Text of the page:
Risk factors for complications related to epicardial pacemakers in neonates and infants include young age (37</ref> In addition, the development of pacing induced ventricular dysfunction (PIVD) in children receiving dual-chamber pacemakers for complete heart block following congenital heart surgery appears to be influenced by the underlying structural heart defect. One study comprising 47 children younger than 2 years who developed postsurgical complete heart block noted an association in nine children between PIVD with double outlet right ventricle, transposition of the great arteries (TGA) with ventricular septal defect, atrioventricular canal defect, mitral valve replacement, and congenitally corrected TGA, but not with tetralogy of Fallot alone, ventricular septal defect alone, atriventricular canal defect with tetralogy of Fallot, or subaortic membrane. [38]

A rare complication following epicardial pacemaker implantation is cardiac strangulation, which may be associated with a lack of consistent imaging for the diagnosis. [39]  Close monitoring of lead placement and close follow-up in patients aged 6 months or younger at the the time of implantation is advised. [39]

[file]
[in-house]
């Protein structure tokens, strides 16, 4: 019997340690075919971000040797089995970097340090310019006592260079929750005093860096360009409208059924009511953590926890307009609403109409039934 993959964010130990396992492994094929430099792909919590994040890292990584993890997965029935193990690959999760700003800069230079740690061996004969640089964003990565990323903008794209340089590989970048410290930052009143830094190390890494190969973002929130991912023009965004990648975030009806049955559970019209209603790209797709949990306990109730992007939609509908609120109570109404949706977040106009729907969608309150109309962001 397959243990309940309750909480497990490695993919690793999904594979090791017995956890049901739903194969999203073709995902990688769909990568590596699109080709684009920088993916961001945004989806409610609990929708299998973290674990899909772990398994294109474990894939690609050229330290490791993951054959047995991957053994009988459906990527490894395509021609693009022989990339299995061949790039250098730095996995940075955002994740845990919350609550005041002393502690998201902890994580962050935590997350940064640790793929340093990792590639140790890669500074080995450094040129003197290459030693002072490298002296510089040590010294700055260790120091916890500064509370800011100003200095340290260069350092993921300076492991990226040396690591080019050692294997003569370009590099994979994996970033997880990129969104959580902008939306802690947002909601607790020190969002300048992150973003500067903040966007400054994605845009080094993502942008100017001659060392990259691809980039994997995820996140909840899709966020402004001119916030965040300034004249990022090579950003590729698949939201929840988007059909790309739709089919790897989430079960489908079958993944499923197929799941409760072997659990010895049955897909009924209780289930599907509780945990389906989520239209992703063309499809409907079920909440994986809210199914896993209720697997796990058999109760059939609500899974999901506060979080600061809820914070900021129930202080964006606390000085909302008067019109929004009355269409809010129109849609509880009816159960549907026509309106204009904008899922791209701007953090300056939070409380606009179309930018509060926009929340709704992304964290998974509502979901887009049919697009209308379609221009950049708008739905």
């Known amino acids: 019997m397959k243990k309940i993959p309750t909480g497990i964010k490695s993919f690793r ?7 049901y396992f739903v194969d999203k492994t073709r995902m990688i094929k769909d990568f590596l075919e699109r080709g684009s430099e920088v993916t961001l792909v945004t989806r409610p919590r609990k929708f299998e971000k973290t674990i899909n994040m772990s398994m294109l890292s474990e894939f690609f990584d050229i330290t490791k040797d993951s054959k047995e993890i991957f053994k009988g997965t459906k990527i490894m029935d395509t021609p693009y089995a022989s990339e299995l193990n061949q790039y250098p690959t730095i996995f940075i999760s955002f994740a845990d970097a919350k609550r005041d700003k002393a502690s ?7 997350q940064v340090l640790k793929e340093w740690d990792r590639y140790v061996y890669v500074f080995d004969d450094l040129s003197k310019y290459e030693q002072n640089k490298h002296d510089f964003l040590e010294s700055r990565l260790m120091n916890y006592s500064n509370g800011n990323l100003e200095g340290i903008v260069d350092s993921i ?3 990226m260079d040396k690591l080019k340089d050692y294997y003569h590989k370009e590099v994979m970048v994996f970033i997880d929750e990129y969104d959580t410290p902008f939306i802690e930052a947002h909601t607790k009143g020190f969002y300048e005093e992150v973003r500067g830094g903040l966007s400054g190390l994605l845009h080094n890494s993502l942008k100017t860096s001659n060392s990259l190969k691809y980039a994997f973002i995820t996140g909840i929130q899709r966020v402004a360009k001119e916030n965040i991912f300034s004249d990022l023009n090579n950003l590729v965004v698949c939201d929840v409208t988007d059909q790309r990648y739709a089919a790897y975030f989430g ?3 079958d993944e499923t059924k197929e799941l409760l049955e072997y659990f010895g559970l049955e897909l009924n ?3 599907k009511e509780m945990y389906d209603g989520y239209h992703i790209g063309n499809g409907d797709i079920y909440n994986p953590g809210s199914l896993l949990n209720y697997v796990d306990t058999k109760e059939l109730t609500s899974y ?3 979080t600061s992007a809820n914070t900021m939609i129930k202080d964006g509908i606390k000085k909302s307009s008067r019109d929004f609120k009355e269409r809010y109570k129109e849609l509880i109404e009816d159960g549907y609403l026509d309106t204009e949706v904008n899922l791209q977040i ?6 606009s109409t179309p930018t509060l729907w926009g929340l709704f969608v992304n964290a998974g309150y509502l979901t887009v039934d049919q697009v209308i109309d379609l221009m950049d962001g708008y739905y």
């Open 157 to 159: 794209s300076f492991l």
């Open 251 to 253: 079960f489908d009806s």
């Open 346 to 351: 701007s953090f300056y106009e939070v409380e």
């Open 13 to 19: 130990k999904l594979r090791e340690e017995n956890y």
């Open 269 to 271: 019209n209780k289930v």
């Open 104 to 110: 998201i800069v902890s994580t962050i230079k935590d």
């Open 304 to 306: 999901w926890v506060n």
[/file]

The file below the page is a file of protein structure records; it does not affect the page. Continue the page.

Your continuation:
Pacing leads are more prone to failure, particularly in children. [40] Leads may fail at the conductor wires or in the insulation material (polyurethane or silicone). Lead failure typically results in inappropriate sensing or capture (ie, underpacing or overpacing).

Infection of the pacemaker system is a serious complication and almost always necessitates complete system removal, administration of intravenous antibiotics, and system replacement at a remote site. However, in selected cases, pacemaker system infection can occasionally be effectively treated with a prolonged course of antibiotics, without system removal.

Twiddler syndrome is an interesting finding caused by repetitive and often unintentional twisting of the generator in the pacemaker pocket, causing lead dislodgment or fracture and pacemaker failure. [41] It is most commonly observed in patients with behavioral issues.

Significant vascular access challenges can also relate to congenital heart diseases and surgical corrections.

Finally, chronic right ventricular pacing over long periods (eg, decades) has been shown in a small group of patients to lead to decreased cardiac function. [42]